WHY RENT THIS: Spitzer is a fascinating character and the story is compelling. Very balanced in presenting differing viewpoints. 

WHY RENT SOMETHING ELSE: An awful lot of talking head footage, little of which measures up to Spitzer’s own interview.

FAMILY VALUES: The film covers some fairly sexy stuff and there is some brief nudity. There’s also a fair amount of bad language.

TRIVIAL PURSUIT: Spitzer has since gone on to attempt a broadcasting career with CNN but both of his shows (“Parker Spitzer” and “In the Arena” were cancelled).

NOTABLE DVD EXTRAS: None listed.

BOX OFFICE PERFORMANCE: $192,870 on an unreported production budget; it might have broken even but only just and it’s more likely it lost a bunch of money.

FINAL RATING: 8/10

TOMORROW: Contraband

The Names of Love (Les nom des gens)


The Names of Love

We need to send Sara Forestier to the Republican National Convention next year.

(2010) Romantic Comedy (Music Box) Jacques Gamblin, Sara Forestier, Zinedine Soualem, Carole Franck, Jacques Boudet, Michele Moretti, Zakariya Gouram, Nabil Massad, Cyrille Andrieu-Lacu, Cristina Palma De Figueiredo, Lydie Muller. Directed by Michel Leclerc

Back in the day the counterculture sorts used to proclaim “Make love, not war.” This is a film that takes it to new heights.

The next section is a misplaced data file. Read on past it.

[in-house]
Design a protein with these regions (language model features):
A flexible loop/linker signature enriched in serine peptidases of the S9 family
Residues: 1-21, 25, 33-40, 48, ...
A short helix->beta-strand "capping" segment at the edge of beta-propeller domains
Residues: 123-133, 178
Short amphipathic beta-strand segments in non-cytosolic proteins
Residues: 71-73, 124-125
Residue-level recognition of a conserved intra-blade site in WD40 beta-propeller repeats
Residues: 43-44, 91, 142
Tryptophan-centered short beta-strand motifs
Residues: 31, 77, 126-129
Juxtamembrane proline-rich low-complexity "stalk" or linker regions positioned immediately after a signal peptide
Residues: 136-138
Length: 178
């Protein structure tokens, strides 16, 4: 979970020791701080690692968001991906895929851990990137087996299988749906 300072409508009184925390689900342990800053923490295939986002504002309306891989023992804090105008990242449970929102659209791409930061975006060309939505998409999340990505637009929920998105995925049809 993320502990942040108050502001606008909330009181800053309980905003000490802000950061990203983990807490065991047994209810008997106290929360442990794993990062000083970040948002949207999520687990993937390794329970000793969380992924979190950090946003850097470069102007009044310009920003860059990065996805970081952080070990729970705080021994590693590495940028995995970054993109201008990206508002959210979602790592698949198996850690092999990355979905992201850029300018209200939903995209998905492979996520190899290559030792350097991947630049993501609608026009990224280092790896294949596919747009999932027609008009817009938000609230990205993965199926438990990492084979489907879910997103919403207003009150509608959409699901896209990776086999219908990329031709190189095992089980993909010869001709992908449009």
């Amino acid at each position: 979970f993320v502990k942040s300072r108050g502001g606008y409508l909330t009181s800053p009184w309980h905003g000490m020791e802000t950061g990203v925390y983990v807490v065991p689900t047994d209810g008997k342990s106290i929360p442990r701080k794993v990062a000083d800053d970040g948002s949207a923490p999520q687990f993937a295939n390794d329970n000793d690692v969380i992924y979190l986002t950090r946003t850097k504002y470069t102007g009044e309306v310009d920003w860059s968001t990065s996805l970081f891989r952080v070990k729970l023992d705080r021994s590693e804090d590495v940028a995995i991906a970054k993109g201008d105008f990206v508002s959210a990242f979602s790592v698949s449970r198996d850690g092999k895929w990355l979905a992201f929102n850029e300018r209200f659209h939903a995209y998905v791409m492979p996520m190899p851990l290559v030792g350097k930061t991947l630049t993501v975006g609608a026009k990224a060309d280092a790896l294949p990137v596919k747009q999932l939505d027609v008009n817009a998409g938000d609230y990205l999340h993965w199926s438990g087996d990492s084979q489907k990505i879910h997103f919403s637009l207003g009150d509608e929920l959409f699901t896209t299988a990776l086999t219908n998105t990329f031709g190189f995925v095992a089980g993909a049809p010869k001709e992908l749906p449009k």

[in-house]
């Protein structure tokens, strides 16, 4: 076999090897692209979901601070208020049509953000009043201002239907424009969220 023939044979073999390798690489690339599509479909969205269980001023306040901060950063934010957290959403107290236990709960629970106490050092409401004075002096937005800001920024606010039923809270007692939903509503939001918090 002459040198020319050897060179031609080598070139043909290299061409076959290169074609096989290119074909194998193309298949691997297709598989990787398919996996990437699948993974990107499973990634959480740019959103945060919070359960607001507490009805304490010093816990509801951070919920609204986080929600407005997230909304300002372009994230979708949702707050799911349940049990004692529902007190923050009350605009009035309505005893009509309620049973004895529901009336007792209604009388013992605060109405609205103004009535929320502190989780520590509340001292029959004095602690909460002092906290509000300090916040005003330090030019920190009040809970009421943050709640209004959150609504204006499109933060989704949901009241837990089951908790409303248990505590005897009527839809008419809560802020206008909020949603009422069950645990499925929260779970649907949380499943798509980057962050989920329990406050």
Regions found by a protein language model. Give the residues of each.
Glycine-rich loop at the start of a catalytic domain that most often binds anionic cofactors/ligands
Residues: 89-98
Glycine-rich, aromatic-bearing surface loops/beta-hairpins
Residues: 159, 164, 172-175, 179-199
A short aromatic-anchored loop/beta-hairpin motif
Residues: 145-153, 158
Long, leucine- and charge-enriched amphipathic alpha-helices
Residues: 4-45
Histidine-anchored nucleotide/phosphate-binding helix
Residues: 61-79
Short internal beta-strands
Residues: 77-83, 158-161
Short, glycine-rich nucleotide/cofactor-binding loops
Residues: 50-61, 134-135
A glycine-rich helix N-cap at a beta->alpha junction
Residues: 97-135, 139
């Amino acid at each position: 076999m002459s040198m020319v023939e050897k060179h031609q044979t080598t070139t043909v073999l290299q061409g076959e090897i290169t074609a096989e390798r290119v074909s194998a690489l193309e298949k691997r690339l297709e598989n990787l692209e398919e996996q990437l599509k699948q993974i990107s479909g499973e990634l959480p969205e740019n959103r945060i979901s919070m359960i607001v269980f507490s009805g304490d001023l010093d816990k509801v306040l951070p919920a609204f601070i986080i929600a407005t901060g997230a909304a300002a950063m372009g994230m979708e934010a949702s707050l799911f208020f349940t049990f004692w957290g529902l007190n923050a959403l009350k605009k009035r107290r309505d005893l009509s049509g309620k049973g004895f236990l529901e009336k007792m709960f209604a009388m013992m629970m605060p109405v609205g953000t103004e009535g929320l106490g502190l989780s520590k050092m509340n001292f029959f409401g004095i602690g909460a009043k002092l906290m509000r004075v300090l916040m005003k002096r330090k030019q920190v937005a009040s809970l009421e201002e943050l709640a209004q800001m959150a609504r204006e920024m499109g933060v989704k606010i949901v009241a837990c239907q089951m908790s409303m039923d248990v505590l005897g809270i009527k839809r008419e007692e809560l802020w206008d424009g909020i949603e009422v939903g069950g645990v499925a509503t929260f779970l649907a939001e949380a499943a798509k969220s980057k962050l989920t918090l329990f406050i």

Arthur Martin (Gamblin) has a dull, common name – the French equivalent to Bob Jones. He is an ornithologist working for the French government doing autopsies on dead birds to determine how they died and whether or not a disease is involved that might cause problems for the French meat industry.

His mother (Moretti) was a survivor of the Holocaust whose parents were deported to Greece. These twin events served to traumatize her deeply; Arthur’s dad (Boudet) has made a series of taboo subjects that are not to be discussed in order not to upset mom. Although Arthur’s parents have their quirks (they seem to latch on to every failed technology that comes along, from the Betamax to the Laser Disc – I’m sure the HD DVD is in there somewhere too), Arthur grows up in a fairly repressed environment which makes him a kind of weird boy who is absolutely anathema to the ladies. This makes it incredibly hard for him to get laid.

Baya Benhmamoud (Forestier) is a free spirit whose father (Soualem) was a refugee from Algeria (which at the time was a French colony) in France illegally. Her mom (Franck) was a hippie who advocated France’s withdrawal from  Algeria and overall, peace and love in general. Mom helped Dad get his French citizenship. Dad is one of those people who loves to help other people fix things; his happiness always seems to be secondary to everyone else’s and Baya yearns to make her daddy happy.